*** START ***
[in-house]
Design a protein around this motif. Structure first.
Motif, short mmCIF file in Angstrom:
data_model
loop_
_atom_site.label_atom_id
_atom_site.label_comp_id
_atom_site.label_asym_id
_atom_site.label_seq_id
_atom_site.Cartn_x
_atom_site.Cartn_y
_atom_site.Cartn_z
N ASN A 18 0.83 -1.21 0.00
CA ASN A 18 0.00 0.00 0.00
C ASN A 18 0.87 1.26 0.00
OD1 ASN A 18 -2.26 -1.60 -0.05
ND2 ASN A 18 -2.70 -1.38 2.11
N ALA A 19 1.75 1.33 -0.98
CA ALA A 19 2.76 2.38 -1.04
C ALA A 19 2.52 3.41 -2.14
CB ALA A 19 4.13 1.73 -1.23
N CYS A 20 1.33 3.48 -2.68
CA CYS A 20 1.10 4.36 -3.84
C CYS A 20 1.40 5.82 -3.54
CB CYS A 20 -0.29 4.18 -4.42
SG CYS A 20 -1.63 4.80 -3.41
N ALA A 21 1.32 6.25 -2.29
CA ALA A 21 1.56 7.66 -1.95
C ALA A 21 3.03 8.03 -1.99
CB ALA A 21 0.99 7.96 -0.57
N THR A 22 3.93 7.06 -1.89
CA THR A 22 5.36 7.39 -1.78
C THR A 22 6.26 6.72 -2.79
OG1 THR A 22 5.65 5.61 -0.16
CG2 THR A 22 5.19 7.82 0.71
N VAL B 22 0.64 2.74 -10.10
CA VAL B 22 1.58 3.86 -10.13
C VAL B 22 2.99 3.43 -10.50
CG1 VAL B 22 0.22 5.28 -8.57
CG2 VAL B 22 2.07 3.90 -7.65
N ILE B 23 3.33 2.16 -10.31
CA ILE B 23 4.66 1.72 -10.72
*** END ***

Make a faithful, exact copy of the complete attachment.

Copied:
[in-house]
Design a protein around this motif. Structure first.
Motif, short mmCIF file in Angstrom:
data_model
loop_
_atom_site.label_atom_id
_atom_site.label_comp_id
_atom_site.label_asym_id
_atom_site.label_seq_id
_atom_site.Cartn_x
_atom_site.Cartn_y
_atom_site.Cartn_z
N ASN A 18 0.83 -1.21 0.00
CA ASN A 18 0.00 0.00 0.00
C ASN A 18 0.87 1.26 0.00
OD1 ASN A 18 -2.26 -1.60 -0.05
ND2 ASN A 18 -2.70 -1.38 2.11
N ALA A 19 1.75 1.33 -0.98
CA ALA A 19 2.76 2.38 -1.04
C ALA A 19 2.52 3.41 -2.14
CB ALA A 19 4.13 1.73 -1.23
N CYS A 20 1.33 3.48 -2.68
CA CYS A 20 1.10 4.36 -3.84
C CYS A 20 1.40 5.82 -3.54
CB CYS A 20 -0.29 4.18 -4.42
SG CYS A 20 -1.63 4.80 -3.41
N ALA A 21 1.32 6.25 -2.29
CA ALA A 21 1.56 7.66 -1.95
C ALA A 21 3.03 8.03 -1.99
CB ALA A 21 0.99 7.96 -0.57
N THR A 22 3.93 7.06 -1.89
CA THR A 22 5.36 7.39 -1.78
C THR A 22 6.26 6.72 -2.79
OG1 THR A 22 5.65 5.61 -0.16
CG2 THR A 22 5.19 7.82 0.71
N VAL B 22 0.64 2.74 -10.10
CA VAL B 22 1.58 3.86 -10.13
C VAL B 22 2.99 3.43 -10.50
CG1 VAL B 22 0.22 5.28 -8.57
CG2 VAL B 22 2.07 3.90 -7.65
N ILE B 23 3.33 2.16 -10.31
CA ILE B 23 4.66 1.72 -10.72